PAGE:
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Why you shouldn't ignore "greatest hits" albums

What catalog compilations can tell you about an artist

By

Bruce Springteen and Southside Johnny

(l-r) Bruce Springsteen and Southside Johnny in 1977

Photo by Michael Putland / Getty Images
They go by many different names: anthology, career retrospective, compilation, collection. Some album-oriented purists turn up their noses at these "greatest hits" releases, blowing them off as nothing more than a way for labels, music publishers and songwriters to get another bite of the royalty apple.

Well, of course there is financial incentive. It's called the music business for a reason. But increasingly there are two other significant motivations for reissuing music two, three, or more times.

One is technology. It is amazing what improvements a competent engineer and producer (sometimes the same person) can make by digitally remastering and/or restoring original analog master tapes. For example, the digitally remastered 40th anniversary editions (mono and stereo, released in 2007) of Pink Floyd's 1967 debut album The Piper at the Gates of Dawn revealed vocal and electronic sounds that were all but lost in the original mixes.

Another motivator for a band or artist is to have the opportunity to curate (select the tracks for) their own collections, picking songs based on their intimate knowledge of the music. In one recent case, both factors came into play.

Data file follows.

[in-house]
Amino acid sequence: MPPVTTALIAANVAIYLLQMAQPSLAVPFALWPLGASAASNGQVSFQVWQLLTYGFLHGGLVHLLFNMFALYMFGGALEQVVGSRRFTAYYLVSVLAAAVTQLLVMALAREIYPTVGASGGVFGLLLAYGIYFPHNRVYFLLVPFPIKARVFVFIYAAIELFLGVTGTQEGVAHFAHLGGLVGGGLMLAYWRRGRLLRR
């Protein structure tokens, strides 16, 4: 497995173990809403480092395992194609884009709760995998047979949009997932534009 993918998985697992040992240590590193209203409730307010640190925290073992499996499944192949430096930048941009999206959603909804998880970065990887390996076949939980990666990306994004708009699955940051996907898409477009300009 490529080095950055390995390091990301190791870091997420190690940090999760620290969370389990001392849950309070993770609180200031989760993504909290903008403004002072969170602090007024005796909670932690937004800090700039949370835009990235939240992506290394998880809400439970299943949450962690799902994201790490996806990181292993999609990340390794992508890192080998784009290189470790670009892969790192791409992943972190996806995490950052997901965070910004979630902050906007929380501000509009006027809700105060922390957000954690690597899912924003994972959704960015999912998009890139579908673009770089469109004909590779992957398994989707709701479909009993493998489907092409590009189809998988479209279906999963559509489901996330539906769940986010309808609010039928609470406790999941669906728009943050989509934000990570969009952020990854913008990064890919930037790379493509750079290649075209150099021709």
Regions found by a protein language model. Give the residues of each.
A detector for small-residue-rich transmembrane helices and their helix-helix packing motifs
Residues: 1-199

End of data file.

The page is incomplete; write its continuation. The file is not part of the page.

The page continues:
What makes the best the best?

"On any given day, the choices would probably be different. What we wanted to do was capture the essence of the music during that period [1976-81]," said John "Southside Johnny" Lyon in a recent interview with About.com Classic Rock contributor Jim Smith on the release of Playlist: The Very Best of Southside Johnny and the Asbury Jukes. "I've got a great record company that pretty much lets me call the shots. Best of all, they provide a support team so I don’t have to do it all myself. I’ve been doing this for almost 50 years. Over 20 albums. Something I love."

As for the technological aspect, "The record company wanted to re-release this material but it really needed to be cleaned up. The technology has just come so far since those songs were originally recorded so we remastered everything." Lyon also wrote the liner notes for the release, another way that the artist gets to be personally involved with the project, and another way for us to hear the music the way the artist hears it.

While choosing individual tracks to include in the collection may have made for some tough decisions, Lyon didn't hesitate when asked to pick out two or three favorites from among nearly 30 albums. "Hearts of Stone, Pills & Ammo and the recently released live version of Men without Women that just kicks ass."

Ultimately, a compilation/collection/anthology/retrospective in which the artist has direct input not only gives us some great music (usually sounding even better than it did originally) but some interesting insight into how the artist perceives his/her "best" work. So think twice the next time you consider a compilation album. You might learn things about the artist that you never knew.
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